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It’s 2 a.m. You’re hungry. You might not be totally sober. You crave tacos. In these situations, many people would settle for whatever floppy tortillas and dry meat happen their way. But in Los Angeles, there is Tacos Leo, the shining beacon of al pastor. There are few taco trucks in existence that offer such consistent and reliable comfort. It would be worthwhile to break down all the admirable components of Leo’s $1 tacos: the warm and pliable tortillas, the char-kissed marinated pork freshly trimmed from the spit and dripping with juice, the soothing avocado sauce and musky salsa roja, and the dudes who wield long knifes and flick shards of pineapple into the air like they’re part of a Benihana performance. You barely notice the low, thunderous drone of butane burners filling the night air while you destroy your taco in a few bites and order another. —Garrett Snyder
One of L.A.’s most visceral food pleasures involves driving a few miles southeast of USC, where two of the city’s best taco vendors set up shop nightly a mere two miles apart. Both offer Tijuana-style tacos made with superlative carne asada — proper carne asada, taco aficionados will insist — which is unfurled on a charcoal grill in long meaty sheets, then hacked into manageable nubs on a large wooden chopping block. Both vendors pat out tortillas by hand and cook them to order on a large griddle, and both load their tacos with a scoop of thick, buttery guacamole, a sprinkle of chopped onions and a dab of smoky salsa. Wrapped tightly in squares of wax paper, they resemble meaty ice cream cones more than they do tacos. Tacos los Poblanos on Central Avenue and the colloquially named Tire Shop Taqueria on Avalon are so similar you might think they were branches of the same operation. Do we have to pick just one? The hours at Tacos los Poblanos are a little more consistent, the seating a bit more accommodating, and the char on the meat a bit more intense. And there are other perks: On a Saturday night, a mango merchant pulled up in his truck and began offering free slices to those waiting in the line. You couldn’t have dreamed up a better appetizer. —Garrett Snyder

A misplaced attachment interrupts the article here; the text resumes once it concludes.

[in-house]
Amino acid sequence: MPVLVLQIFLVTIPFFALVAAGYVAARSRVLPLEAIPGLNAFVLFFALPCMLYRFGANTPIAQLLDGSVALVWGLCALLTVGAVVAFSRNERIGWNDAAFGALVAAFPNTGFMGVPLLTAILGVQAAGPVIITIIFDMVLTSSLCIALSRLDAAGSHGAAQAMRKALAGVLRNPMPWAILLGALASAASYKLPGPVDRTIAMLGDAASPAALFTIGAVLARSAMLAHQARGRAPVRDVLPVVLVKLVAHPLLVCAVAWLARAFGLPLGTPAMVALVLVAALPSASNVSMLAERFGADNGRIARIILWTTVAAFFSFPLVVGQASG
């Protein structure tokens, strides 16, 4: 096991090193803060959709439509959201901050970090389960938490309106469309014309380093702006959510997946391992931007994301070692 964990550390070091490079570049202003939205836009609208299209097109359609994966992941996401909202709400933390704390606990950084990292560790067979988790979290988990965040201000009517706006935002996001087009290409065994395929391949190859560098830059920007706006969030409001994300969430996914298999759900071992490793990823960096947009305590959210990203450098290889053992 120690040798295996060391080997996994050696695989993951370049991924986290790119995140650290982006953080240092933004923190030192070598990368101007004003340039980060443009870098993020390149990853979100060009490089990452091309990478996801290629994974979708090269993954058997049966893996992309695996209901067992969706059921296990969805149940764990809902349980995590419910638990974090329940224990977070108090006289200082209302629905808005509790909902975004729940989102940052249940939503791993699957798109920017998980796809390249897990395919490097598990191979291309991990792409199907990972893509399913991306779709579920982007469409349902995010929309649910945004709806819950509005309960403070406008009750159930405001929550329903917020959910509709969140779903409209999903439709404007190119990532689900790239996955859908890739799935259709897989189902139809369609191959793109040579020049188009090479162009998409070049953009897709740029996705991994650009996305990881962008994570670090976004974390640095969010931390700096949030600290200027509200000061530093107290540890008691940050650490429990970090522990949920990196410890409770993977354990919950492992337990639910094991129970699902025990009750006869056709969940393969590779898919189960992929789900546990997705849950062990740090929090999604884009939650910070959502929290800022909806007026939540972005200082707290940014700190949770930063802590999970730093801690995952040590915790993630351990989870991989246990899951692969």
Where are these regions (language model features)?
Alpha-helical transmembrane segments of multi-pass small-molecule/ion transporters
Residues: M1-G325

When assembling your sandwich at Tel Aviv Grill, a perpetually crowded Israeli shawarma shop inside an Encino strip mall, try not to be indecisive. Sure, the process begins innocently enough: A counterman pulls a fresh sheet of pillowy laffa bread from a small domed oven in the corner, then shaves off an ample portion of chicken shawarma — juicy bits of meat, crispy on the edges and saturated with spices — from a rotating spit that’s as tall as Ryan Seacrest (most days there are two spits standing next to each other, sizzling and spinning in unison). Then the hard part comes: You are presented with about a dozen bowls of sauces, toppings and other accoutrements — a build-your-own wrap situation. The counterman flicks his tongs with staggering speed, loading up your sandwich with a slug of velvety hummus, tart cabbage slaw, deep-fried eggplant, a splash of cilantro-heavy hot sauce and a hit of amba, the addictive pickled-mango condiment that’s pretty much indispensable. You’ll start to feel the impatient stares of those waiting in line behind you. Shawarma this good has a following, and they don’t like to kept waiting. —Garrett Snyder
Chefs have long been playing in the fun space between California cooking and the grand French brasserie, but with Terrine it feels as though Kris Morningstar has finally hit on something solid, something more than playtime. His take on the French classics is stunning: The French onion soup is as deep and rich and laden with cheese as any you could find in Paris, and his grand charcuterie plate is a thing of wonder. But he’s also inventing classics of his own. The crispy pig ears served in strips with aioli on the side are like frites from piggy heaven. The garbure, a stew of duck confit and white beans, expresses the very quintessence of duck, its deep brawny soul, its particular gamey perfume. The room, with its burnished mirrors and heavy silverware, feels exactly classy enough (without ever veering toward stuffy), and the back patio, with its glorious Javanese bishopwood tree, is one of L.A.’s loveliest outdoor dining options. The cocktails are great, the wine list is fantastic, and the service has just the hint of formality you’d expect from the charming Frenchmen, Stephane Bombet and François Renaud, who oversee it. —Besha Rodell